"The law of freedom," writes Fichte, "thus ought to produce its effect within nature in complete agreement with the laws of nature. But this cannot not even be thought of as possible, except by means of the principle of the power of reflective judgment," (25) that is, the principle of the purposiveness of nature. This, of course, is precisely the same insight that underlies Fichte's entire account of the relationship between the pure I and the finite Not-I in the Jena Wissenschaftslehre, which might therefore be interpreted as a sustained effort to flesh out and make good on the proposals and suggestions put forward by Kant in section DC of his Introduction to the third Critique. The task of the Wissenschaftslehre, after all, is precisely to demonstrate that the "pure I" is the "supersensible substrate" of both the empirical, finite I and of nature, the domain of the "Not-I"-and, in a step beyond anything ever imagined by Kant himself, to do so by deriving both the limited I and limited Not-I as conditions for the possibility of that original, free and ungrounded act of self-positing with which the system begins.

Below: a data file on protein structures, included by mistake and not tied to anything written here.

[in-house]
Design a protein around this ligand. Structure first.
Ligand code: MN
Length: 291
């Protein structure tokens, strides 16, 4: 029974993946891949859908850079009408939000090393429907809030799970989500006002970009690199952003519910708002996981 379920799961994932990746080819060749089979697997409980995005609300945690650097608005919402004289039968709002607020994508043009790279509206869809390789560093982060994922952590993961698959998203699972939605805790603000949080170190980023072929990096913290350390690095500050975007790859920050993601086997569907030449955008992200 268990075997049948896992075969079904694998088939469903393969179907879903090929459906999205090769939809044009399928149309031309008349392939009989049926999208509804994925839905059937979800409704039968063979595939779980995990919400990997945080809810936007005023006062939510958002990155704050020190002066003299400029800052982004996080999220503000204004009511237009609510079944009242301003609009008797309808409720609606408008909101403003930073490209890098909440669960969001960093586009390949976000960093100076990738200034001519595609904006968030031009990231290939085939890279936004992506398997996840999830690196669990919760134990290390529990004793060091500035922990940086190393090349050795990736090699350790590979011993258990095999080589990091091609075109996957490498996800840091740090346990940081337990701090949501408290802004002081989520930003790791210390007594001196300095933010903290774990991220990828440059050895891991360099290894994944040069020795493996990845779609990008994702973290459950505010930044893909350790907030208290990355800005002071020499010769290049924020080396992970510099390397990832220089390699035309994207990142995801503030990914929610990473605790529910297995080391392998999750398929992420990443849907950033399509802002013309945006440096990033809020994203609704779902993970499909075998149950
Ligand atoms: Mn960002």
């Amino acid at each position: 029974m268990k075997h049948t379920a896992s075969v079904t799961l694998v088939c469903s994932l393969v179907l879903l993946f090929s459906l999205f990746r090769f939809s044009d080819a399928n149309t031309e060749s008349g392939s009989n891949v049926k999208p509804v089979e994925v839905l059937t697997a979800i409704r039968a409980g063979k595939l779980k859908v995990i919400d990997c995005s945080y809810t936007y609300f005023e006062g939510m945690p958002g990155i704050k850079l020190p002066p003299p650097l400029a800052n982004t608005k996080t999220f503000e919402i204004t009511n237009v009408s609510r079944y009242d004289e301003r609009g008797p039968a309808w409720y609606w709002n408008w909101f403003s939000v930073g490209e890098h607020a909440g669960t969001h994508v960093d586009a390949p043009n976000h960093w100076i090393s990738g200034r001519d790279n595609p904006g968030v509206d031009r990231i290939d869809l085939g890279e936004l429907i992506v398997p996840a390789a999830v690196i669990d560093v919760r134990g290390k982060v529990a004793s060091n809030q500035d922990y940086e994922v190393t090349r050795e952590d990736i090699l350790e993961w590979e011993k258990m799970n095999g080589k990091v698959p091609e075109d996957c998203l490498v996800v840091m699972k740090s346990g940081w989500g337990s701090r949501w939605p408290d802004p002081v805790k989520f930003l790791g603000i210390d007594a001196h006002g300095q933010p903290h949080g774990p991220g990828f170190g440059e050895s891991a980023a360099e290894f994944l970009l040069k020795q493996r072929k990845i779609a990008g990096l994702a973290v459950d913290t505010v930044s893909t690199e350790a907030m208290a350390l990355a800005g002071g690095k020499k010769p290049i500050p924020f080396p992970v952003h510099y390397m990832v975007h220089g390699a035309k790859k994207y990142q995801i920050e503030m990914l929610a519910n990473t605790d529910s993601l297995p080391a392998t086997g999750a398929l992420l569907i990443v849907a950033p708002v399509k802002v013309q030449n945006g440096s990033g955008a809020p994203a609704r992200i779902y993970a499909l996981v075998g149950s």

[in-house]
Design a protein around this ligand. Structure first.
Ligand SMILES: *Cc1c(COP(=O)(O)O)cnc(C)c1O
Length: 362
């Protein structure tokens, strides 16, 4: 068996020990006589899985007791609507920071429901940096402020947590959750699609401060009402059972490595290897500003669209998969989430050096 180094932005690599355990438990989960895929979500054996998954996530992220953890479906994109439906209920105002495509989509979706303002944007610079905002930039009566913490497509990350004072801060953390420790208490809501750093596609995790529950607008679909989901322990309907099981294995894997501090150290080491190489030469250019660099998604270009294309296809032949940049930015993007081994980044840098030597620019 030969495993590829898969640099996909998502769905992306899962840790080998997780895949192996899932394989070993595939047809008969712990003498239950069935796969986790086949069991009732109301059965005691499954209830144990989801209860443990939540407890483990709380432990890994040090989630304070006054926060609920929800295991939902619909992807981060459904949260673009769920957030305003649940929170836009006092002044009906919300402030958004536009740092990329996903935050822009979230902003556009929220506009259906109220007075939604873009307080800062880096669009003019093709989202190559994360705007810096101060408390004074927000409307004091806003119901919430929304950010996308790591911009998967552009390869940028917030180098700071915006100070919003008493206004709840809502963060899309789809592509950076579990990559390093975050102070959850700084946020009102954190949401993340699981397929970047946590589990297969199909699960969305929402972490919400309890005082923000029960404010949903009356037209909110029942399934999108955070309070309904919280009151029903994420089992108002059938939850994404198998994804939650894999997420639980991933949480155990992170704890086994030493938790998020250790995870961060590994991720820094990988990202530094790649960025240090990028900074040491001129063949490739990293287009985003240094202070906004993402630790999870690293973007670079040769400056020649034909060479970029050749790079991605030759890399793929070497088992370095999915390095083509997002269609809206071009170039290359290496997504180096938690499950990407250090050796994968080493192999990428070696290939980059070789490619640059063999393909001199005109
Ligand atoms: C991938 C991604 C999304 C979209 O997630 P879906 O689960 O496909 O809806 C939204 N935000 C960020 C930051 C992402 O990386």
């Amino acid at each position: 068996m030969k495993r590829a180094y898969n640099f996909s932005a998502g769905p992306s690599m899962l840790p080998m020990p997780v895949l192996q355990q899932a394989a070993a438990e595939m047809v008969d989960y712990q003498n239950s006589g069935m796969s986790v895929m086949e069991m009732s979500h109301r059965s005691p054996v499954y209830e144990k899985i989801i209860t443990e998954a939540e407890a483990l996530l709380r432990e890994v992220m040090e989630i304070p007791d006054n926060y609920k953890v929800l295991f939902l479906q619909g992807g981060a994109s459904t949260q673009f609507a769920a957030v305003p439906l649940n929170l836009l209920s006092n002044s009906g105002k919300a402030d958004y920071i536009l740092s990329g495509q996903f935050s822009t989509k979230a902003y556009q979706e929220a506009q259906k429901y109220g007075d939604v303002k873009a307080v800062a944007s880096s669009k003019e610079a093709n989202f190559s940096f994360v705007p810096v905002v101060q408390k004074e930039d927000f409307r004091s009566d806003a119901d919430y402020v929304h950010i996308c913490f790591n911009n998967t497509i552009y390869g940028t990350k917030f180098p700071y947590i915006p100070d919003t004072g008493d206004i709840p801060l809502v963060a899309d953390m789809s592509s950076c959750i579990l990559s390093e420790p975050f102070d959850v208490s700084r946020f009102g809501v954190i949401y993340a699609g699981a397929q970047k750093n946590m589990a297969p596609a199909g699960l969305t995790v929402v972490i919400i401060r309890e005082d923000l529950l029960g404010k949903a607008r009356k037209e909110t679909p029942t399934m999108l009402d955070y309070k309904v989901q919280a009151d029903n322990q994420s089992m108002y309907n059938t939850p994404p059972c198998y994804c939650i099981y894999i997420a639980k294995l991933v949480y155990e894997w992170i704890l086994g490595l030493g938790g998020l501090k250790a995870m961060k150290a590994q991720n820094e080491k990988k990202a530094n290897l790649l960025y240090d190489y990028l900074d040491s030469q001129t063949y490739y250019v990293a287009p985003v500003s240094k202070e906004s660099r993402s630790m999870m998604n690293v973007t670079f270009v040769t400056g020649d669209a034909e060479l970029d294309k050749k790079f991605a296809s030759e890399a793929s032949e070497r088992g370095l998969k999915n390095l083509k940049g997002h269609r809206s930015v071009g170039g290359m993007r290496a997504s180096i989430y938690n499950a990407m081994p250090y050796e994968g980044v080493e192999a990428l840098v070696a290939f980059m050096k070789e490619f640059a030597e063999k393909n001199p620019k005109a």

X. Brief Overview of this Introduction. This concluding section, which summarizes the preceding nine sections, was added by Fichte. Though it provides nothing new, it does provide a useful overview of the entire introduction.